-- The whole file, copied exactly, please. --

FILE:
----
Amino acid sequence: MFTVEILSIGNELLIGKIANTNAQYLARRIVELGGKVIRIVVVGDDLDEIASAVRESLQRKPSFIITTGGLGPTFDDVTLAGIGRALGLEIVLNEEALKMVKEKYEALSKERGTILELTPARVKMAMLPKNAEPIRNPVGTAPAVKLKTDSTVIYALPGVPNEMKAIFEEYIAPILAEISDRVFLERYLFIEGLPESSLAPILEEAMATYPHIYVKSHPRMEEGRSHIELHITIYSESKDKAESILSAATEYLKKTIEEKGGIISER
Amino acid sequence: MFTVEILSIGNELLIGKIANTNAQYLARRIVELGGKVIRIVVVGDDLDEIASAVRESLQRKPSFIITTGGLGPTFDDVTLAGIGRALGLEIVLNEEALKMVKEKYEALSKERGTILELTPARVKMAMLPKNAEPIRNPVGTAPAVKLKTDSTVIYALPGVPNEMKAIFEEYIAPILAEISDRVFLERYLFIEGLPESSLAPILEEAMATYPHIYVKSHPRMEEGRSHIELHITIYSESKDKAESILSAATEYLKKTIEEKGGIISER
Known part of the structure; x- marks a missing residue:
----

Amino acid sequence: MFTVEILSIGNELLIGKIANTNAQYLARRIVELGGKVIRIVVVGDDLDEIASAVRESLQRKPSFIITTGGLGPTFDDVTLAGIGRALGLEIVLNEEALKMVKEKYEALSKERGTILELTPARVKMAMLPKNAEPIRNPVGTAPAVKLKTDSTVIYALPGVPNEMKAIFEEYIAPILAEISDRVFLERYLFIEGLPESSLAPILEEAMATYPHIYVKSHPRMEEGRSHIELHITIYSESKDKAESILSAATEYLKKTIEEKGGIISER
Amino acid sequence: MFTVEILSIGNELLIGKIANTNAQYLARRIVELGGKVIRIVVVGDDLDEIASAVRESLQRKPSFIITTGGLGPTFDDVTLAGIGRALGLEIVLNEEALKMVKEKYEALSKERGTILELTPARVKMAMLPKNAEPIRNPVGTAPAVKLKTDSTVIYALPGVPNEMKAIFEEYIAPILAEISDRVFLERYLFIEGLPESSLAPILEEAMATYPHIYVKSHPRMEEGRSHIELHITIYSESKDKAESILSAATEYLKKTIEEKGGIISER
Known part of the structure; x- marks a missing residue: